In a short text written for Site, Enns describes the project as a proposal for a 12-meter-tall solar clock, a monolithic sandstone pillar whose sculpted form would combine ancient methods of timekeeping with digital fabrication.
“The resulting parametric script,” Enns writes, “which begins with the hourly solar location data and subtracts a channel of sandstone from the column for each hour, produces a complex Swiss cheese of voids that are unique to the latitude, longitude, and elevation of the design site.”
It would be incredibly interesting to see this approach applied to blocks of sandstone of varying heights, depths, and dimensions, producing what I imagine might be complex, vertebral stacks of perforation and shadow, alternately as broad and imposing as medieval watch towers or as diminutive and fragile as flutes of ornament hidden on the corners of existing buildings.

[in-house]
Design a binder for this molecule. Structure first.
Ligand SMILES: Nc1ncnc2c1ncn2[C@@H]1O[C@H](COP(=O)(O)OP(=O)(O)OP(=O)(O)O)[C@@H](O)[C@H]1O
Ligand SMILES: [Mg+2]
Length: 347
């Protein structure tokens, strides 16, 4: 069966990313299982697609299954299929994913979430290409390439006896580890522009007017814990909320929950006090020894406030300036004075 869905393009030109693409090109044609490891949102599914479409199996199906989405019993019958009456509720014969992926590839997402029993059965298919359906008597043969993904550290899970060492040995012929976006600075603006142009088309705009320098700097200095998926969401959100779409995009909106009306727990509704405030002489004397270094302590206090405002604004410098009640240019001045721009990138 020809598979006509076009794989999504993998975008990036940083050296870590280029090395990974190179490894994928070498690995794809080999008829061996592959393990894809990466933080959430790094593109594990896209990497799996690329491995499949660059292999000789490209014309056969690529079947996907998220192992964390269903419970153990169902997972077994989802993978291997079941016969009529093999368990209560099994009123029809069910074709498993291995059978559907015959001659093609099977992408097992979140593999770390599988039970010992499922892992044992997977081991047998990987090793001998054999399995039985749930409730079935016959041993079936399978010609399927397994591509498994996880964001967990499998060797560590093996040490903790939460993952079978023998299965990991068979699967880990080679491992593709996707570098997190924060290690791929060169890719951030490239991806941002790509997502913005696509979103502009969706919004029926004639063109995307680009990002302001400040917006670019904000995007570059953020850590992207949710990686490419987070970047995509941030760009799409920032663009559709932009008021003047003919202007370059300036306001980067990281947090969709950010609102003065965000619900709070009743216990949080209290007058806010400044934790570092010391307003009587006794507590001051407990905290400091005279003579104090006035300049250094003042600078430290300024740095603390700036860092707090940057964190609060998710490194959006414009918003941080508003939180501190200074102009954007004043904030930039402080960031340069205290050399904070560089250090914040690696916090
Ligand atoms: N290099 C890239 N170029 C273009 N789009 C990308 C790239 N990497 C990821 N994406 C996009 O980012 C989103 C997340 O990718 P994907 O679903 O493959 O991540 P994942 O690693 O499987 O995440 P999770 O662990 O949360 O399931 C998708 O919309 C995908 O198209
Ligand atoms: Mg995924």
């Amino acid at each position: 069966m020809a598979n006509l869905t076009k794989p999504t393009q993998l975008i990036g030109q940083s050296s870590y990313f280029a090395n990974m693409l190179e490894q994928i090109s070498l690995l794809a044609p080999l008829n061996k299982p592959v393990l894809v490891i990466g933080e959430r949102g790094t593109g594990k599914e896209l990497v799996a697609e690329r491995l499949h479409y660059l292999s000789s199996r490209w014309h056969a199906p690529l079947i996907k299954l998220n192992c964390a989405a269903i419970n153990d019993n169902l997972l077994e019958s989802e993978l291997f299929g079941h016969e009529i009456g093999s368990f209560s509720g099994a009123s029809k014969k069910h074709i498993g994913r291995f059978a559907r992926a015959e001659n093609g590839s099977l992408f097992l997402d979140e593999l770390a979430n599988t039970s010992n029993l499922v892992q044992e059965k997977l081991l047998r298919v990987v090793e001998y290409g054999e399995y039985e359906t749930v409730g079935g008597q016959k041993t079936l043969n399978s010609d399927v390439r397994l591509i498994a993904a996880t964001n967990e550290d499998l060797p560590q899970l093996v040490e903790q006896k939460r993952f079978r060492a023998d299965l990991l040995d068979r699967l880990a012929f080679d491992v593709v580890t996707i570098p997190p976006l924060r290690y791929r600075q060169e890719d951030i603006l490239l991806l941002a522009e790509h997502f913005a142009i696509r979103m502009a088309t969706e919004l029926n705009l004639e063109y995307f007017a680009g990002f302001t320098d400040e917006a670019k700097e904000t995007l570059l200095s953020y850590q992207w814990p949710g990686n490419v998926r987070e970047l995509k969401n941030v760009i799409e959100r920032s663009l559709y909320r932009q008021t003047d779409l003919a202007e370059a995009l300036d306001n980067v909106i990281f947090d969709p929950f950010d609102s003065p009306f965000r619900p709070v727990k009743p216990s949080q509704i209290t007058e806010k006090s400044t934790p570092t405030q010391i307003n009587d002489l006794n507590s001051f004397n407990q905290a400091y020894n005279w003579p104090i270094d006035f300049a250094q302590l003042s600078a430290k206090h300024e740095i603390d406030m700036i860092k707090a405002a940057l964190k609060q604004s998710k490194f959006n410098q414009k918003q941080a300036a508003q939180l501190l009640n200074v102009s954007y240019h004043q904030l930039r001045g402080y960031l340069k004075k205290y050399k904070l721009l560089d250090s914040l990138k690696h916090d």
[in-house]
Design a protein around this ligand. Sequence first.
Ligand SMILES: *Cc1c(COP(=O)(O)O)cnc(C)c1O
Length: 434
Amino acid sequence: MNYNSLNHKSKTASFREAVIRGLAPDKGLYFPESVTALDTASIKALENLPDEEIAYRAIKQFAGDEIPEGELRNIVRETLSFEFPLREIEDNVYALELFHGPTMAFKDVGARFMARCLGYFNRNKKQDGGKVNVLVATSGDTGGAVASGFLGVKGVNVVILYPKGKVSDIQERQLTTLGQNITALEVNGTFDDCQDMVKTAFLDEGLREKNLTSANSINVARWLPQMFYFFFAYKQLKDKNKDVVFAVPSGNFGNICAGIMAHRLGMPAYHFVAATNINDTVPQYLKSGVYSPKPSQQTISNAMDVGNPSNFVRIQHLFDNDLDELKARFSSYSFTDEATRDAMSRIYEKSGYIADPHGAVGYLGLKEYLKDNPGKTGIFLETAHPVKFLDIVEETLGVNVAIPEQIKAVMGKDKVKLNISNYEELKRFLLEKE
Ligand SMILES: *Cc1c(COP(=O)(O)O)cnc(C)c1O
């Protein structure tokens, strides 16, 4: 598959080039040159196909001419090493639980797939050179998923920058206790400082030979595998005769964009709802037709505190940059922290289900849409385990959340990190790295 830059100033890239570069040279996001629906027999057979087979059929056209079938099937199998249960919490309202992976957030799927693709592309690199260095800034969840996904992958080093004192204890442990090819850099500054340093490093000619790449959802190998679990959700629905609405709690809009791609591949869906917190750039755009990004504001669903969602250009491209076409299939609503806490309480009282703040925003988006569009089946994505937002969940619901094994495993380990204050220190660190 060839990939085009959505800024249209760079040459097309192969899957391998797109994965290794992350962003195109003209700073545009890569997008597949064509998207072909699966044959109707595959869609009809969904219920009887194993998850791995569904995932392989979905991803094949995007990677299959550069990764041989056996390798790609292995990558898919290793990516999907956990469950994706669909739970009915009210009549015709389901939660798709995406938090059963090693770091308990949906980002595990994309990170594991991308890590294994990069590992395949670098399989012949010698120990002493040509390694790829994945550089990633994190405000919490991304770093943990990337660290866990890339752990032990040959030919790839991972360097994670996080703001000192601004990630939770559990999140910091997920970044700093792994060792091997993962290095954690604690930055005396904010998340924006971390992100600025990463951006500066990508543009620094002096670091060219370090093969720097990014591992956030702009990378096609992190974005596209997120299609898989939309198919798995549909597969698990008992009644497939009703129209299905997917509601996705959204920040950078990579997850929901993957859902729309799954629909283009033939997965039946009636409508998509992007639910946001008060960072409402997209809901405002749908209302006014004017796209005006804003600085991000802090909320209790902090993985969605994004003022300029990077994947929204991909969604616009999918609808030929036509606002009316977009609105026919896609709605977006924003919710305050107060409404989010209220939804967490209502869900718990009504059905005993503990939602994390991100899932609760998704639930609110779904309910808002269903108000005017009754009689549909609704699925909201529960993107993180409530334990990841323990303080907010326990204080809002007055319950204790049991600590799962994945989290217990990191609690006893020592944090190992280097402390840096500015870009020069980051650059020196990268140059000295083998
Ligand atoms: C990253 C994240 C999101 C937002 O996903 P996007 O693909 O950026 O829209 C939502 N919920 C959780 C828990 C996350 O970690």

As the chronographic marks surrounding the pillar also seem to indicate, the graphic possibilities for telling time with this are presumably endless—colors, patterns, arcs, loops, textures, materials.
For now, the newest issue of Site is not online, but click through to Enns’s own portfolio for a bit more.
(Earlier, this post wrongly claimed that the University of Waterloo is in Toronto; it is not. It is nearly an hour west of Toronto.)